Tuesday’s Herald carried a piece by Paul Briand—one of the Hedge-Fund-Owned Local Daily’s few writers still based in this area—headlined, “Purple Principle podcast seeks political middle ground in U.S.” A five-person team is exploring “whether political factions—with blue liberals on the left and red conservatives on the right—can somehow find some common ground in the purple middle.”
In the marketplace of mainstream journalism, editors know readers are eager to start their day by snapping open a fresh paper and finding a story that gives them some slight thread of hope—a story that nurtures, however briefly or improbably, the comforting illusion that there may in fact be some way out of the Slough of Despond now engulfing us. The Purple Principal people—earnest, intelligent, and sincere—were thus a perfect subject. We wish them all the success in the world. We will now return, however, to our regular programming. Herewith, a headline from Tuesday’s Globe:
“Tom Cotton under fire after calling slavery a ‘necessary evil’ in interview with Arkansas paper.”
The junior Senator from Arkansas has taken a lot of heat since Sunday for uttering that two-word phrase. Perhaps in the purple spirit of nonpartisanship we should give him credit for bothering to include the word “evil.”
All this focus on that particular word choice has drawn attention away from the actual topic of the Cotton interview: his proposed legislation which would…wait for it…prohibit the use of federal funding for a particular educational purpose. Bet you didn’t see that coming!
Last August 14th the New York Times Magazine, on the 400th anniversary of the arrival of the first enslaved Africans in Virginia, kicked off the “The 1619 Project.” Its aim is “to reframe the country’s history by placing the consequences of slavery and the contributions of black Americans at the very center of our national narrative.” Somehow, this effort failed to show our history in a manner that always made white people look kind and noble.
“If Cotton’s [Saving American History Act of 2020] passes,” the Arkansas Democrat Gazette wrote, “school districts that embrace the curriculum [developed by the 1619 Project] would no longer qualify for federal professional development funds, money that is intended to improve teacher quality.”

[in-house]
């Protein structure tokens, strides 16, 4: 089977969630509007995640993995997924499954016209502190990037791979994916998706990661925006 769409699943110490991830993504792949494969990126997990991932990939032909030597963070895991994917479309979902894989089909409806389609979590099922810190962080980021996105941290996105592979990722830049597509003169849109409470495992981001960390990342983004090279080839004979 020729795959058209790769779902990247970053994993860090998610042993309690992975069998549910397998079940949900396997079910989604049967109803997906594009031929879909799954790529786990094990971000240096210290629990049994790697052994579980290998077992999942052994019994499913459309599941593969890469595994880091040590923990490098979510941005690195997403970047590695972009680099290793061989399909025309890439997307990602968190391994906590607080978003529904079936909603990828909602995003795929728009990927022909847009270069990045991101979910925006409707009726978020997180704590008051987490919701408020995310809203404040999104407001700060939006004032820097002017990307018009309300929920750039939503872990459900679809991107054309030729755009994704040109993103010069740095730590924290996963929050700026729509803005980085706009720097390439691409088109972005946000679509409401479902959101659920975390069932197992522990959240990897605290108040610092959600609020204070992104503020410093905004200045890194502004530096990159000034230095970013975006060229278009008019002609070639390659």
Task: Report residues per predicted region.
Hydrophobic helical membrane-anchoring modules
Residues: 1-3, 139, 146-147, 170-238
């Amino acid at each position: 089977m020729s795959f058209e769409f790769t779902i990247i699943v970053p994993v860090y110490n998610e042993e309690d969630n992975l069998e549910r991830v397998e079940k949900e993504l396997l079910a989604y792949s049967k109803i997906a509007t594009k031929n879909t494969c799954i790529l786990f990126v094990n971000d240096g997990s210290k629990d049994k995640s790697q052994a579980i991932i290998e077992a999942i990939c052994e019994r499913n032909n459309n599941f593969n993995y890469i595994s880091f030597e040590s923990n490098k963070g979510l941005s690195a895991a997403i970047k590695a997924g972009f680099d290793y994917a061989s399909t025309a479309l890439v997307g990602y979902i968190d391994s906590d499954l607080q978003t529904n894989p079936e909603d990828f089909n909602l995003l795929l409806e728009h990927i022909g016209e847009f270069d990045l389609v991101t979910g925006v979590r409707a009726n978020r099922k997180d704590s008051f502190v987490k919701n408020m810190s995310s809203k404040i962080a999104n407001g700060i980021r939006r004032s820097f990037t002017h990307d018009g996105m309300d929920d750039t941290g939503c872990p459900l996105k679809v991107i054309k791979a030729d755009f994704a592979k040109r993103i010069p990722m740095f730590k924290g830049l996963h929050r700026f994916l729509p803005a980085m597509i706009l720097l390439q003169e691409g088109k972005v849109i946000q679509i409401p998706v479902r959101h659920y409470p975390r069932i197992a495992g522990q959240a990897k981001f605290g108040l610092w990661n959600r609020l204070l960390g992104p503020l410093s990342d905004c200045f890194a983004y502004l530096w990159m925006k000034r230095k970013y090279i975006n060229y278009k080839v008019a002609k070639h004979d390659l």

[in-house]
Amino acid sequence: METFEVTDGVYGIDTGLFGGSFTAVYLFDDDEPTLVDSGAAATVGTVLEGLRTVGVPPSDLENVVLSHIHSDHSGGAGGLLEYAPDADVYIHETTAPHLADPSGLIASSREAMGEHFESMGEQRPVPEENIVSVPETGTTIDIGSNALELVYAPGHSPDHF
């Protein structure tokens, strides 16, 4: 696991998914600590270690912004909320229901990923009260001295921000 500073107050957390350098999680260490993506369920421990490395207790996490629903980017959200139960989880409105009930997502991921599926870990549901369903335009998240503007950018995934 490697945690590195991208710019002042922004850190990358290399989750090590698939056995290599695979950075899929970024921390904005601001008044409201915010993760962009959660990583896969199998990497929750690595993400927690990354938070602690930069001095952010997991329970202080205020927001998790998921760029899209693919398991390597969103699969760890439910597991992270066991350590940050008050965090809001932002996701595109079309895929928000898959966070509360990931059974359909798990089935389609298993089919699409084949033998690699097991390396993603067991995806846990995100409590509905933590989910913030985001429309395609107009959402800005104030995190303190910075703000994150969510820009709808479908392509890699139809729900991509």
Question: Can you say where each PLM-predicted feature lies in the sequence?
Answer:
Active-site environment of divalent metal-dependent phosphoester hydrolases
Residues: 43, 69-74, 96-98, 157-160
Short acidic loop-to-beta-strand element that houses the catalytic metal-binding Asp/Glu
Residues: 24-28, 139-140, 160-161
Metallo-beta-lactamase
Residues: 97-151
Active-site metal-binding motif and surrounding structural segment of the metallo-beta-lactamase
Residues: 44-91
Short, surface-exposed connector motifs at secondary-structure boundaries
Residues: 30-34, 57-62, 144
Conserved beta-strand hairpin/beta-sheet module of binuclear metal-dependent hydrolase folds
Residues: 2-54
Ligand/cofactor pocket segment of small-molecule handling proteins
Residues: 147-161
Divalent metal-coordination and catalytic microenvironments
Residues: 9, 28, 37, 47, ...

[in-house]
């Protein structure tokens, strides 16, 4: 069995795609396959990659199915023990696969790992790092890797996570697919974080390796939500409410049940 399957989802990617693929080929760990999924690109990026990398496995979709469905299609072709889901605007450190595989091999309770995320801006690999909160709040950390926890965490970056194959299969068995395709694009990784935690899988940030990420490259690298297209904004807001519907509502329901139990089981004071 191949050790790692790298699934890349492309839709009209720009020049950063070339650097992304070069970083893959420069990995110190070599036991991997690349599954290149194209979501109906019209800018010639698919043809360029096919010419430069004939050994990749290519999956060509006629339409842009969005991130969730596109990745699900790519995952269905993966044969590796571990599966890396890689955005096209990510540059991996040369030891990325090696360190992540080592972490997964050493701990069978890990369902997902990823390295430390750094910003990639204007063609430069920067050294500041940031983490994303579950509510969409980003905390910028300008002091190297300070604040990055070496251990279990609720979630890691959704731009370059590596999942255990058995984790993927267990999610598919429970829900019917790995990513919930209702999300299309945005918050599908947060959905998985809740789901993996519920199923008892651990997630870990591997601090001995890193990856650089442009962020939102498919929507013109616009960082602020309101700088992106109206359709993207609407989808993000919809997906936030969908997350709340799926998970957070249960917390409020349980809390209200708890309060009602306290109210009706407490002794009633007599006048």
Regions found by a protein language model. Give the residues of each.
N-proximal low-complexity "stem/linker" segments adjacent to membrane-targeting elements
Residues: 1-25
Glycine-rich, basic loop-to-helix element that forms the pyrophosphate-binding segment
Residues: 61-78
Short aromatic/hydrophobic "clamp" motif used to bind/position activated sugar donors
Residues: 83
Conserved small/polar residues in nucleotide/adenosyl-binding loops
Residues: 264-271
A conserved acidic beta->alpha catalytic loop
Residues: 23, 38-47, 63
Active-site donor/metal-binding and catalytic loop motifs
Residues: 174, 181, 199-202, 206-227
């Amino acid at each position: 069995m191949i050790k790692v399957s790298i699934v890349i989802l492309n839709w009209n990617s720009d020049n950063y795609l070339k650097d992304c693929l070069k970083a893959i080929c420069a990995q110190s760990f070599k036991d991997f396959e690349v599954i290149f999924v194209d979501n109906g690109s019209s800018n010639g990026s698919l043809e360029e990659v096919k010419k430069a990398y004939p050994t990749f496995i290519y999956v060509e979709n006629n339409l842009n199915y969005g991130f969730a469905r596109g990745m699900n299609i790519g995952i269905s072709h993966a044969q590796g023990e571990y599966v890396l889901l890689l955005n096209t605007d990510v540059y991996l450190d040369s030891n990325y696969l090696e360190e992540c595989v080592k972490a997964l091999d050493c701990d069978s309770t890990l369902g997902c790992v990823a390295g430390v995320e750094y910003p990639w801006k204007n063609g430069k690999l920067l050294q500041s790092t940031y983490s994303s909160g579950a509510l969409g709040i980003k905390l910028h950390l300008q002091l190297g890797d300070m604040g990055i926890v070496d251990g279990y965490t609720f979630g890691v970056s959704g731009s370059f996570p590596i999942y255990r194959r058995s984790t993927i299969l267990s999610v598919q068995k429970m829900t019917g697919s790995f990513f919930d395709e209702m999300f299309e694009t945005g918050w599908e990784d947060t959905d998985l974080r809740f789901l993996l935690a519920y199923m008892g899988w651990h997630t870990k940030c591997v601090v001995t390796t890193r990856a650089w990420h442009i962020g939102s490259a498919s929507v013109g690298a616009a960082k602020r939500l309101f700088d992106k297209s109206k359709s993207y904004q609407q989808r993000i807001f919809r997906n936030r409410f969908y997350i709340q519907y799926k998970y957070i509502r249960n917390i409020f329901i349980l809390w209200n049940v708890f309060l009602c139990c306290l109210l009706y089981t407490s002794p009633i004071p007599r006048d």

The paper quoted Cotton saying “The New York Times should not be teaching American history to our kids.” It’s OK for him, though, to make sure they’re not taught.
When Cotton was elected to the Senate in 2014,
journalists dutifully noted what Cotton’s PR people told them: his family had
lived in rural Arkansas for seven generations. It took Historic.ly, a historical podcast, to do a little research on those
generations. They make a convincing case that the Senator’s great-great-great
grandfather held 12 people in bondage. What’s more, their forced labor was used
to farm land taken from natives who had been forcibly removed.
It would be wrong, of course, to lay the sins of his fathers on the Senator. What’s that old saying, though? Oh, yes: it’s not the crime, but the cover-up.
In other despair-inducing news, 30 million Americans are out of work and Congress just let the $600 unemployment boost lapse.
Democrats wanted to extend it but Republicans refused. That amount is too high, they said. It takes away people’s incentive to work for starvation wages.
Republicans say they’re willing to extend the benefit, but only under certain conditions. First, the amount of the payment must be slashed to one-third of its current level. Then, the amount must be switched from a flat rate to an amount calculated on previous earnings. Because that would require re-programming the computers not once, but twice, further payments would be delayed for an undetermined period. It’s unclear whether Republicans see that delay as a bug or a feature.
This confusion over the future of unemployment benefits exacerbates another impending catastrophe. Half a million Americans are already homeless. Another 20 million renters could join them soon—disproportionately people of color, of course—because the federal moratorium on evictions is being allowed to expire.
Meanwhile, the pandemic has not gone away. Why on Earth would it, when a Google search for “Covid sex demon” brings up the President of the United States retweeting a video featuring Dr. Stella Immanuel. We’d ask Dr. Anthony Fauci for his assessment of her theories about space alien DNA, but we hear he’s busy.
We’re guessing Rep. Louis Gohmert [R-Texas] may be among Dr. Immanuel’s followers, based on his recent positive diagnosis for Covid-19. Gohmert was spotted talking—maskless, as has been his wont—with William Barr on Tuesday, shortly before the Attorney General spent a day snarling before the House Judiciary Committee. Gohmert has blamed his medical misfortune on his own behavior—against his better judgment, he recently wore a mask.
The nation is now confronted with a whole host of crises:* unemployment, evictions, virus, &c., &c.
Not to worry, though: the Democrats have a plan. House Majority Leader Steny Hoyer announced it on Tuesday. It may sound vaguely familiar: pre-emptive capitulation.
“Look, it’s not $600 or bust,” Hoyer said to CNN, about negotiations over extending the boost to unemployment benefits. Quoting House Speaker Nancy Pelosi, he added, “We don’t have red lines, we have values.”
Yes, that’s how we got into this pickle: Democrats have values, and Republicans have Gohmert.
Last week—before the fever hit—Gohmert introduced a resolution which would ban the Democratic Party because of its former support for slavery. Next will be a resolution making support for systemic racism compulsory.
Democrats were in need of a rousing, catchy slogan, to inspire their supporters as the 2020 general election looms. Now they’ve got one: “Let them eat values.”
* We despise cliches, and try to avoid them—the one that could be used here most of all.